U.S. President Kennedy assassinated, Nov. 22, 1963
President John F. Kennedy’s assassination death on Nov. 22, 1963, stunned the nation, spawned decades of conspiracy theories, and became the symbol of lost innocence for a generation. An article published in that day’s Denton Record-Chronicle of Denton, Texas, described how one group of Americans learned of the shooting in its immediate aftermath.
“The rumor started spreading here about 12:45 p.m., but nobody believed it,” wrote Record-Chronicle Managing Editor Tom Kirkland, one of the 2000 people anticipating Kennedy’s arrival at the Dallas Trade Mart where he was scheduled to speak.
“Everyone just stood around in disbelief. At about 1 p.m. Eric Jonsson announced that there had been a mishap during the parade.
“Everybody had finished eating. He told them that the mishap was not serious, but there would be a delay in the president’s address.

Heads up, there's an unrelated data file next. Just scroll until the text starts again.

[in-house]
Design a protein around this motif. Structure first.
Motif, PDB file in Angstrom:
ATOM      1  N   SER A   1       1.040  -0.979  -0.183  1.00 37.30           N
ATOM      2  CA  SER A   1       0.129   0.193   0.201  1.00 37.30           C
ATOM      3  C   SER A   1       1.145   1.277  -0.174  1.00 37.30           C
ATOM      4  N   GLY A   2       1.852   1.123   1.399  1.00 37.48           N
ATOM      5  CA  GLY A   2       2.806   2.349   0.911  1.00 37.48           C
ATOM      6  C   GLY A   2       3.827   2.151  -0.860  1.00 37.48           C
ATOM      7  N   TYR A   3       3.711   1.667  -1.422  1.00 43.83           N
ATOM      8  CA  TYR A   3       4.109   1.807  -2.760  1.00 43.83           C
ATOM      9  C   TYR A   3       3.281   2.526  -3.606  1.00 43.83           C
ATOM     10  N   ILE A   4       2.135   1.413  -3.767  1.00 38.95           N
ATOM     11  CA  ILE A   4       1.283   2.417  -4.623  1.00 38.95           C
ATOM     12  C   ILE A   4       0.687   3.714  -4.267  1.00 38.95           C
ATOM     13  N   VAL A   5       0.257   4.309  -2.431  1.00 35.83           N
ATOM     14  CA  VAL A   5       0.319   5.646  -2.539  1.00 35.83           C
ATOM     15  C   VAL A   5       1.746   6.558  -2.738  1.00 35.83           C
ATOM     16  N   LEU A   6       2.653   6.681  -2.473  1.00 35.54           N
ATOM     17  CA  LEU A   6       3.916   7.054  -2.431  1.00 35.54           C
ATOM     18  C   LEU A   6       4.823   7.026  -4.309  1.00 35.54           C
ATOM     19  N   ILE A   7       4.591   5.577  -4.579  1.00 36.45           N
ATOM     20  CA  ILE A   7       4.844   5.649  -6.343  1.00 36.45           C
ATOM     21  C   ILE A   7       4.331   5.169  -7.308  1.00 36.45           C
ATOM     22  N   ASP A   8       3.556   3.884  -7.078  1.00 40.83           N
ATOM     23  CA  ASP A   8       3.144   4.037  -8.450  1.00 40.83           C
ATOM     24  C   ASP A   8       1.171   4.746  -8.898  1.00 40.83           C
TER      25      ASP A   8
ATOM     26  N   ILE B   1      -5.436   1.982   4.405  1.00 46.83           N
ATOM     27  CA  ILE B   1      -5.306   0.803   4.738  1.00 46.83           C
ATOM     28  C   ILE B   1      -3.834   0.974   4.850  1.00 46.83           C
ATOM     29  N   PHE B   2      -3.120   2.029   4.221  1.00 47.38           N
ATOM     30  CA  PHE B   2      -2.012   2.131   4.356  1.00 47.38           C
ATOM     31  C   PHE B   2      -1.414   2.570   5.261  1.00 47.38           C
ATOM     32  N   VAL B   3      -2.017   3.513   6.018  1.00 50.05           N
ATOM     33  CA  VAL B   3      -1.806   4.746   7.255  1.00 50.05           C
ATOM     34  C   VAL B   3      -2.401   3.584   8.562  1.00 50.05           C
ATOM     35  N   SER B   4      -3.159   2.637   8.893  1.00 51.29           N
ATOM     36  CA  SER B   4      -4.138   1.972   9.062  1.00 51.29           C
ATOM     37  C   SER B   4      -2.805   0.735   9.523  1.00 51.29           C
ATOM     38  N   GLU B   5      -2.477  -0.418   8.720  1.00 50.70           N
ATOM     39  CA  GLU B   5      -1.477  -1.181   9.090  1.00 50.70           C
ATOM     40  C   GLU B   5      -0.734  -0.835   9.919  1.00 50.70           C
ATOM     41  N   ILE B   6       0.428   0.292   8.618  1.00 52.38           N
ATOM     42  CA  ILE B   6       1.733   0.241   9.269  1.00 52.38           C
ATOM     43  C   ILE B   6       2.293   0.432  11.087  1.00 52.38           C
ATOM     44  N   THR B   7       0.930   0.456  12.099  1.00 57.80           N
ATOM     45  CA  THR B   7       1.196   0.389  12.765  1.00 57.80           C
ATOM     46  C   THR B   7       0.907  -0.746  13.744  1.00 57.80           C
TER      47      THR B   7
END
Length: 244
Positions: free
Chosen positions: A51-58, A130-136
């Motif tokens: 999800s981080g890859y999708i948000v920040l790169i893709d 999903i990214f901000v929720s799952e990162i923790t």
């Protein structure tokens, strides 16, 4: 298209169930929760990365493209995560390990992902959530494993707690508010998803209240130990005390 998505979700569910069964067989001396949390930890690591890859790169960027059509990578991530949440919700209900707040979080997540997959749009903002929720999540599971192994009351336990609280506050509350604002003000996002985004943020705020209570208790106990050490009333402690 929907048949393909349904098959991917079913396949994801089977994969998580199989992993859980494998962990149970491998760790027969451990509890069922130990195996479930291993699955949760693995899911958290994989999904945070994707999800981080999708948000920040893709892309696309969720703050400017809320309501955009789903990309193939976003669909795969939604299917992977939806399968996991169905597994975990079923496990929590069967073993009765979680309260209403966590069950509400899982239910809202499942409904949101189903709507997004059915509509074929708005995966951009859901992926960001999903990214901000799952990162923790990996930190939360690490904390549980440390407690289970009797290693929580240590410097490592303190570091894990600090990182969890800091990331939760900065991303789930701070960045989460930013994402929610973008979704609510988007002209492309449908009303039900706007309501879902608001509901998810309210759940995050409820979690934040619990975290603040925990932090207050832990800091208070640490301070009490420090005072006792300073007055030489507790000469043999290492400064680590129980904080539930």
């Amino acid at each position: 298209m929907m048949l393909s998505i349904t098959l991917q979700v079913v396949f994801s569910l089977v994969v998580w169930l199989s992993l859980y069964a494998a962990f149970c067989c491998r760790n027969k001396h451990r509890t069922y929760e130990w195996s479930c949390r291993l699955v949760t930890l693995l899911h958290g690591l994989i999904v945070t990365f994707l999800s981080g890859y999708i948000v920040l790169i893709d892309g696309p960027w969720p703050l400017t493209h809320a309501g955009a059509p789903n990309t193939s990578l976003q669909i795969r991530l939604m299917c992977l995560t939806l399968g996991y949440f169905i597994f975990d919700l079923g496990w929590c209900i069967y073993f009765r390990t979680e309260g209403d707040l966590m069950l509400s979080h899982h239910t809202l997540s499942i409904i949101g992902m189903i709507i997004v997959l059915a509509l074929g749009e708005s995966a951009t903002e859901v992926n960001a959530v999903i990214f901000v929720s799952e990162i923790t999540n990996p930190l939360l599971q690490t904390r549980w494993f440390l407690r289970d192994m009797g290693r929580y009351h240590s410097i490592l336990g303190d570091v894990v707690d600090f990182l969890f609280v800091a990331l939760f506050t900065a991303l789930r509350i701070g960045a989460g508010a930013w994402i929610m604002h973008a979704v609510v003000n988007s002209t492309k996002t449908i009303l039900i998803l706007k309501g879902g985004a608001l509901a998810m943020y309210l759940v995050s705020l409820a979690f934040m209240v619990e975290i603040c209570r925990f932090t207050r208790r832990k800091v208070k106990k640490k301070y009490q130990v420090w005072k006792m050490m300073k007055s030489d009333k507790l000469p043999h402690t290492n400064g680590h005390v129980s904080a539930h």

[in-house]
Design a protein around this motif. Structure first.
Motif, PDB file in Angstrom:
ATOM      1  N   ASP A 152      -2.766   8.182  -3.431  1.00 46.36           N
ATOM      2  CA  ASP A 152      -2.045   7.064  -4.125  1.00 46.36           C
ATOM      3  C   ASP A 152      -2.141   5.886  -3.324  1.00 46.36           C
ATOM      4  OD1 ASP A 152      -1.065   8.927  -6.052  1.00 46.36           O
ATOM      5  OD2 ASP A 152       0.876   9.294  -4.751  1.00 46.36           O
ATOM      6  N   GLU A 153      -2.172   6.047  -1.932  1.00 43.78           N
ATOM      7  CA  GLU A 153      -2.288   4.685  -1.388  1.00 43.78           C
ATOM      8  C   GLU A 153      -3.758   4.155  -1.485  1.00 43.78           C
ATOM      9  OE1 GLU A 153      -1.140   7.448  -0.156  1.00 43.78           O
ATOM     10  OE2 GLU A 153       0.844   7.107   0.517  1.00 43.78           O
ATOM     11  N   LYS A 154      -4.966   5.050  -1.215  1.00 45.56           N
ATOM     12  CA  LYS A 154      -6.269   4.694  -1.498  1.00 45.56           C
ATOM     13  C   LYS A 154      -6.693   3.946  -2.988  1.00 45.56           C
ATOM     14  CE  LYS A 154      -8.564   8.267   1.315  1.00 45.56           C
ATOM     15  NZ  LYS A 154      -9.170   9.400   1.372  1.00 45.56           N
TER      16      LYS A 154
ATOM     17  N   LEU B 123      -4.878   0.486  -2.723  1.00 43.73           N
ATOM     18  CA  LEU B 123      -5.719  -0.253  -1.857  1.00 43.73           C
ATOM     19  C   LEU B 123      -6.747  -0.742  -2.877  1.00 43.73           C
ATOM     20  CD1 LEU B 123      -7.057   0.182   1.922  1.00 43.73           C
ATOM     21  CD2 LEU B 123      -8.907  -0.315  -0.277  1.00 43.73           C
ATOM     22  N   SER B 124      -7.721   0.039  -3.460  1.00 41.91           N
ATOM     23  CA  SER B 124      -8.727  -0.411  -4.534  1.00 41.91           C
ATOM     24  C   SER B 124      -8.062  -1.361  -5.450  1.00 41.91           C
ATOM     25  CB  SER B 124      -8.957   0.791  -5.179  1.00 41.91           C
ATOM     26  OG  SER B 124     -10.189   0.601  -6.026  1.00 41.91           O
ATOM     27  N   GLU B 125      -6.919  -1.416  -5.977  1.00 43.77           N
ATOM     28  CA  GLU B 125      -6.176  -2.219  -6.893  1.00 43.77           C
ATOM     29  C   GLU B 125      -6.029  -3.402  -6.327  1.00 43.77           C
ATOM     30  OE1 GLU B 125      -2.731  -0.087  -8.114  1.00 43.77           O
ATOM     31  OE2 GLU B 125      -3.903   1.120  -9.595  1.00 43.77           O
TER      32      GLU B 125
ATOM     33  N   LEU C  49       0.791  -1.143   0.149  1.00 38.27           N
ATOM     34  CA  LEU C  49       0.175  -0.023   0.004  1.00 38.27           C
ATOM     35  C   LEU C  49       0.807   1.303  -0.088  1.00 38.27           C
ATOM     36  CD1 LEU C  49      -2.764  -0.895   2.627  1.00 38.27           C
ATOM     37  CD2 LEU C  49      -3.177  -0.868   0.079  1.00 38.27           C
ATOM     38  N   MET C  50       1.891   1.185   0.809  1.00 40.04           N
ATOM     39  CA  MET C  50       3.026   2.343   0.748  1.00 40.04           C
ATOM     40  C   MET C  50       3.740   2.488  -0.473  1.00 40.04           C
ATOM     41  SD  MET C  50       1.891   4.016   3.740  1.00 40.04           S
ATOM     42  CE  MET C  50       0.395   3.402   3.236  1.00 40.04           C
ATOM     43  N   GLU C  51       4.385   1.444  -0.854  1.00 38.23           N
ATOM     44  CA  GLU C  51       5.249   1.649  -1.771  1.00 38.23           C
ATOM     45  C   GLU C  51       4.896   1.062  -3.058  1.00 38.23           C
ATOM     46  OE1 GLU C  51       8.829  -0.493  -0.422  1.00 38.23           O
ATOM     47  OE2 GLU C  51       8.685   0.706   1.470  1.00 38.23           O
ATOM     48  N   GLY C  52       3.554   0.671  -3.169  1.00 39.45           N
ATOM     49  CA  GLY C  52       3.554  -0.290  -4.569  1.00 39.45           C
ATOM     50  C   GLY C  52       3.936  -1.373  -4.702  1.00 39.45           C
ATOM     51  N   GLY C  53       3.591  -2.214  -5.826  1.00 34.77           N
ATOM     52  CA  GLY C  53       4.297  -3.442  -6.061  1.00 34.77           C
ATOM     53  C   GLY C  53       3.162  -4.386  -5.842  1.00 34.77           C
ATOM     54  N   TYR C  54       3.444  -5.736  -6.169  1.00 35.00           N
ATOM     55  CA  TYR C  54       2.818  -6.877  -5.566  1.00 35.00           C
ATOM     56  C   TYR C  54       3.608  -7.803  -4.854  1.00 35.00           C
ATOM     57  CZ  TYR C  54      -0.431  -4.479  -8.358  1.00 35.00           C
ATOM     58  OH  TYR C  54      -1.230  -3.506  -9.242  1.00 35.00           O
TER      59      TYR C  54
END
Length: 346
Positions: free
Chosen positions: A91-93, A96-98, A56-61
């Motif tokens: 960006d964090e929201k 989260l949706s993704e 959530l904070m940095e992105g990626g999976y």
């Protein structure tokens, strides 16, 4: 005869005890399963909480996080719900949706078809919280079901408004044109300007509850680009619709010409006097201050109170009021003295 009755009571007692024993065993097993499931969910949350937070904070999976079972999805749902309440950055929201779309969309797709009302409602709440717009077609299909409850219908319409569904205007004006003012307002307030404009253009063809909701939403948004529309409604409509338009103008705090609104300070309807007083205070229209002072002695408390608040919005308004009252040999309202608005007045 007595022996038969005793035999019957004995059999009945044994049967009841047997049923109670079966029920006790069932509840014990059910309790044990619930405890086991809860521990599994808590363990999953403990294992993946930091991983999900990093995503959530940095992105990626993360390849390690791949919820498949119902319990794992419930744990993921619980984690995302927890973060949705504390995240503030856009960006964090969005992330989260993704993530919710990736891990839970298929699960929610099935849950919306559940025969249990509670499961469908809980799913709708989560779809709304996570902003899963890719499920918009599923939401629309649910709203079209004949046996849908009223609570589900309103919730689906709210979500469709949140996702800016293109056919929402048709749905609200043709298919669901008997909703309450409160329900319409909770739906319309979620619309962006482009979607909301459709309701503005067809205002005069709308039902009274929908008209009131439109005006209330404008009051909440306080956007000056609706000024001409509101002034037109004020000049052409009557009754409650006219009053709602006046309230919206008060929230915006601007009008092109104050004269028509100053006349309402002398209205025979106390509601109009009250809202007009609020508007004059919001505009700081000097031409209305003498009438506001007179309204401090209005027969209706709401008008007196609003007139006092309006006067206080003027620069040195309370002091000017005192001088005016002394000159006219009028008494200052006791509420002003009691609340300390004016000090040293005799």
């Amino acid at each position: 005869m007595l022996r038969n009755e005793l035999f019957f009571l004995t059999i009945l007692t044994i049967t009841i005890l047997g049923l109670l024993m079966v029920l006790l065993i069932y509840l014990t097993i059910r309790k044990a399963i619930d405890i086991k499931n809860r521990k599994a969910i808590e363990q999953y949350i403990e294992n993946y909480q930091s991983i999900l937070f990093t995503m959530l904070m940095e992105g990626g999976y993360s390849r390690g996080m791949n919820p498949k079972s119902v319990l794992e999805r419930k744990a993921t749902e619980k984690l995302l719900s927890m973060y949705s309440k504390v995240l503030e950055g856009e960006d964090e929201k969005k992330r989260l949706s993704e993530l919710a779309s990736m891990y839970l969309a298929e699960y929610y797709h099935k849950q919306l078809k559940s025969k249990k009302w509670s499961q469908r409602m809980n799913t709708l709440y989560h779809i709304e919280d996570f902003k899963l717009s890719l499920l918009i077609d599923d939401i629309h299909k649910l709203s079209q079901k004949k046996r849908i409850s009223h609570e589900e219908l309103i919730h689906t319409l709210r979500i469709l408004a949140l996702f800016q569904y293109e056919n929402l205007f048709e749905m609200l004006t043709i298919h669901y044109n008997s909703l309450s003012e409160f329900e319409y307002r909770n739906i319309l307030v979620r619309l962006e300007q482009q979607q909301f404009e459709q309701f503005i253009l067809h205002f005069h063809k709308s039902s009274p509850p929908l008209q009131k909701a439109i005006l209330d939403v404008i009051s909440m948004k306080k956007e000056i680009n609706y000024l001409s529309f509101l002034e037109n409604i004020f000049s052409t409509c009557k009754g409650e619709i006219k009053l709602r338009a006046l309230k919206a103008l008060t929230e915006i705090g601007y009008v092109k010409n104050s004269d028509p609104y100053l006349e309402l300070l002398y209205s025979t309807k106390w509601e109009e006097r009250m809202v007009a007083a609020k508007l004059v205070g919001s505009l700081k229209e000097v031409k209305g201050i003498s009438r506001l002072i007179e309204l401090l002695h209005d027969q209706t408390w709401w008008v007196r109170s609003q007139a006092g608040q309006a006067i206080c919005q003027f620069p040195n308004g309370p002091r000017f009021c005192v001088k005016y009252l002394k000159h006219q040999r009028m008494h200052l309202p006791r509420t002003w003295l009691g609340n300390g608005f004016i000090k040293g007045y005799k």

“At 1:07 p.m., Jonsson announced in a very, very trembling voice: ‘I’m not sure that I can say what I have to say. I feel almost as I did on Pearl Harbor day.’
“At that point his voice broke.”
Read about JFK’s last hours
The Nov. 22, 1963, San Antonio Express of San Antonio, Texas, devoted a two-page spread to Kennedy’s visit the previous day, including an article about the velocity at which the President’s limo raced through town. Caravan speed irks potential picture takers
JFK’s final moments were encapsulated in a photo spread printed in the Nov. 23, 1963, Fairbanks Daily News-Miner of Fairbanks, Alaska. Kennedy’s Last Minutes